Obama: GOP captive to ideologically rigid group
PURCHASE, N.Y. (AP) -- President Barack Obama blamed dysfunction in Congress on a Republican Party he said is captive to an ideologically rigid, unproductive and cynical faction, as he urged like-minded Democrats on Friday to show up for November's midterm elections.
Addressing Democratic donors at a barbeque outside New York City, Obama said Republicans had realized that blocking all progress led Americans to become cynical about government. Republicans consider that "a pretty good thing" because they don't believe in government to begin with, Obama said.
"It doesn't have to be that way," Obama said. "There has been a certain cynical genius to what some of these folks have done in Washington."
About 250 people paid up to $32,400 to attend the pre-Labor Day fundraiser at the home of Wall Street consultant Robert Wolf, an Obama fundraiser who has served on White House advisory board and also plays golf with the president. Reflecting on challenges in the U.S. and abroad, Obama challenged Democrats to remain engaged in the upcoming elections, arguing that he needs a Congress willing to work with him to be able to confront the troubles people are facing.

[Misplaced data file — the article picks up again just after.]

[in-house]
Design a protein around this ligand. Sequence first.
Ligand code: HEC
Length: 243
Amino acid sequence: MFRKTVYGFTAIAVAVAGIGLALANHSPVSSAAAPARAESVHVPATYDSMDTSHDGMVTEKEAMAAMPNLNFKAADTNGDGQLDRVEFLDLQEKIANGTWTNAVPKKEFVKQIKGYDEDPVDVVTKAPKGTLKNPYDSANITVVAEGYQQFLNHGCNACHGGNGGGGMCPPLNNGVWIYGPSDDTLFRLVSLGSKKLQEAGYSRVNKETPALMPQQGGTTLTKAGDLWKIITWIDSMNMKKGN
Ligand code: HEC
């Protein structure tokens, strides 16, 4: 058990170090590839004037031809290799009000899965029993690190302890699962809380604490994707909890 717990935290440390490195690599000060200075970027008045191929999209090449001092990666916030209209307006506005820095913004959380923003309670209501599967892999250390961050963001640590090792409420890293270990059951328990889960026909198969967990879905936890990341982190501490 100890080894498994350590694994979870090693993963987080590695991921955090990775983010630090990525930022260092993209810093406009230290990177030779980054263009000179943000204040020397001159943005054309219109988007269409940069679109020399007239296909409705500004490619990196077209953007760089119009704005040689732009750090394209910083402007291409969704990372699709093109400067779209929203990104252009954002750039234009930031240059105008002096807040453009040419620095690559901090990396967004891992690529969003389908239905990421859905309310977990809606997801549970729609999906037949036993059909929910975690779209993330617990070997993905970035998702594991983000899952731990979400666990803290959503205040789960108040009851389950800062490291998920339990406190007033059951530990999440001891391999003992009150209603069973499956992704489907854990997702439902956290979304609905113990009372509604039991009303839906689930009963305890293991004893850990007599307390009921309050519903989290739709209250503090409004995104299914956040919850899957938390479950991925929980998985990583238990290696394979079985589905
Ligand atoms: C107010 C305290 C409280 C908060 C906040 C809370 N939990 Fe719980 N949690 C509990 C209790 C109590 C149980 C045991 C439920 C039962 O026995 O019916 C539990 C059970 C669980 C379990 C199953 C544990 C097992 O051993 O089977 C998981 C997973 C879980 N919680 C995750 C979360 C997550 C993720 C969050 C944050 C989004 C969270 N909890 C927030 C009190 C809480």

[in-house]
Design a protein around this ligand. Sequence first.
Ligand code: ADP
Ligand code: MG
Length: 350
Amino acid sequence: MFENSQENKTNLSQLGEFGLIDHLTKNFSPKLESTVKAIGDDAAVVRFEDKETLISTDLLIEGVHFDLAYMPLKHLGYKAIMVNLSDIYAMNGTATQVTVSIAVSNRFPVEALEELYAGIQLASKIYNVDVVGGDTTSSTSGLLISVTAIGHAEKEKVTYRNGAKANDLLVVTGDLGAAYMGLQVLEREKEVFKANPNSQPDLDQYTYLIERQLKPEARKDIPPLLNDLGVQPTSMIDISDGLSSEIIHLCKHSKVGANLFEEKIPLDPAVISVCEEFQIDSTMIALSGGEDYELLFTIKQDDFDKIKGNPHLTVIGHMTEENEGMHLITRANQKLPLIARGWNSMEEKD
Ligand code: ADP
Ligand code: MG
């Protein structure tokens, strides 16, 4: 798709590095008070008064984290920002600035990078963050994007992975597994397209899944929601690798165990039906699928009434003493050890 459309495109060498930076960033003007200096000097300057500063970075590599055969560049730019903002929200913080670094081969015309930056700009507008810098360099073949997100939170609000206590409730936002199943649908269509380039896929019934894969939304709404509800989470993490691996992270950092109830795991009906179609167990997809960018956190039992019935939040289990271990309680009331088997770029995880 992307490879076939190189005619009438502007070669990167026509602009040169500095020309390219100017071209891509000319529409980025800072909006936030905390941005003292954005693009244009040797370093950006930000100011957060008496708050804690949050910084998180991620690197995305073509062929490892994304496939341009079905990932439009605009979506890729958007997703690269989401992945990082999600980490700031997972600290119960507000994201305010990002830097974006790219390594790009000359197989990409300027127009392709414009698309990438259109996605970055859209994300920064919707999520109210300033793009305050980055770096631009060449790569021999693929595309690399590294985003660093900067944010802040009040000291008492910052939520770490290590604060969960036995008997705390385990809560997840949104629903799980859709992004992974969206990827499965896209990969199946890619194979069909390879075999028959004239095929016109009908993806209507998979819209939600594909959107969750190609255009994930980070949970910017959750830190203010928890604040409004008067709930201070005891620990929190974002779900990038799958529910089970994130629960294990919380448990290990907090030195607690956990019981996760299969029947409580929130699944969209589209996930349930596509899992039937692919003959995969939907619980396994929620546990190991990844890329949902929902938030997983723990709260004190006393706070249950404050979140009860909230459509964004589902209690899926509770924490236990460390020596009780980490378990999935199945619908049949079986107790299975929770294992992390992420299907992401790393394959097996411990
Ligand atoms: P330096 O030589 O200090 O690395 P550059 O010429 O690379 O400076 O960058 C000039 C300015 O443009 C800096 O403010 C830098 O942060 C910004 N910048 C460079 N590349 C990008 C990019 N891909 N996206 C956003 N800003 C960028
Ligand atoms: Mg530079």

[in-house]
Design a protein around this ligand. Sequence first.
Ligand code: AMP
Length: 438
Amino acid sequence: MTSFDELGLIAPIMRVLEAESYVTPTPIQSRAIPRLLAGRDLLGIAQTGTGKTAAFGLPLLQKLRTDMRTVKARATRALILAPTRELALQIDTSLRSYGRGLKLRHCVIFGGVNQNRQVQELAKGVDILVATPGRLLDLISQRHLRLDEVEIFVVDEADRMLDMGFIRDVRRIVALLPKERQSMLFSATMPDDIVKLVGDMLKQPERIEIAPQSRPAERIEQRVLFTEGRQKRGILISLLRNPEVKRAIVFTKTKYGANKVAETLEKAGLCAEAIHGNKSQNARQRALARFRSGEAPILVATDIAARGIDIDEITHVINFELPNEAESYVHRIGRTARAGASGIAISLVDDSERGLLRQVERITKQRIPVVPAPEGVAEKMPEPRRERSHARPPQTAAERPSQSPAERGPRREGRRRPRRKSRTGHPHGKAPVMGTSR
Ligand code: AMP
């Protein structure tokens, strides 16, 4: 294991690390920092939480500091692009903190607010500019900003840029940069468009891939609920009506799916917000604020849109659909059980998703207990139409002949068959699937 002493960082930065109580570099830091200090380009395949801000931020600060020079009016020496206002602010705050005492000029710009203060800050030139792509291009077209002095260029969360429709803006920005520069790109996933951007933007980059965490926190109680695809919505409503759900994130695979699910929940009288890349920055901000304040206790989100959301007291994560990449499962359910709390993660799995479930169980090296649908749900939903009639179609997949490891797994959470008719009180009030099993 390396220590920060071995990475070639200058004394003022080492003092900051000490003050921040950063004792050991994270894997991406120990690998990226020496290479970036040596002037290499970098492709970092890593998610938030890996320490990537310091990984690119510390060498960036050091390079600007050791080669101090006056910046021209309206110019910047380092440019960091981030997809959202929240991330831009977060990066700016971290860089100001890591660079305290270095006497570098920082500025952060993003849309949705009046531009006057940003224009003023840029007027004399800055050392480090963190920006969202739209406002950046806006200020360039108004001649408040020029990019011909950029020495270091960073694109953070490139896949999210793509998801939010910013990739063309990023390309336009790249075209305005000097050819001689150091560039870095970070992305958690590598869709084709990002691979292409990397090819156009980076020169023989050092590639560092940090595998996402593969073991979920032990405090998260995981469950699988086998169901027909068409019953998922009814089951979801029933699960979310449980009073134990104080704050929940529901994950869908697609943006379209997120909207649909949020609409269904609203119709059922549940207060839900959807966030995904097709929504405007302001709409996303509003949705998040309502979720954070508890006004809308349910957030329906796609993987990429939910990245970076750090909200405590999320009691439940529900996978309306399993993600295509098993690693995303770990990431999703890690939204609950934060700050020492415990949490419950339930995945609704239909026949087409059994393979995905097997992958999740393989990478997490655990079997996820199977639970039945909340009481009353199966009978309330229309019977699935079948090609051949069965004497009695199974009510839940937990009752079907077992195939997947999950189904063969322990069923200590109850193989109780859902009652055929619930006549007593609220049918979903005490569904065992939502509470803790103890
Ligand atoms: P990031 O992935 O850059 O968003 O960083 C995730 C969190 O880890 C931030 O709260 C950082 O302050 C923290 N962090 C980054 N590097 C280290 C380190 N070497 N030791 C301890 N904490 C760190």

"If you watch the nightly news, it feels like the world is falling apart," Obama said, referring to crises from the Middle East to Europe. "The good news is that American leaderships has never been more necessary."
Obama's two fundraisers in New York on Friday benefited the Democratic National Committee, which is still paying off debt from 2012. Later Friday, Obama was to join House Democratic leader Nancy Pelosi in Newport, Rhode Island, for a third fundraiser benefiting the fundraising arm for House Democrats.
In a last-minute change, Obama was to return to the White House late Friday, interrupting his weekend trip. He had originally planned to overnight in New York before heading on Saturday to the wedding of Sam Kass, Obama's personal chef, to MSNBC host Alex Wagner. White House spokesman Josh Earnest said Obama himself made the decision to return to the White House and that it was unrelated to any current events.
"He can sleep in his own bed, do a little work tomorrow, spend some time with his family," Earnest said. Obama now plans to travel back to Westchester County in New York on Saturday afternoon to attend the private event.
The trips come as Obama considers how to respond to the Islamic State terrorist threat and Russia's apparent invasion of Ukraine.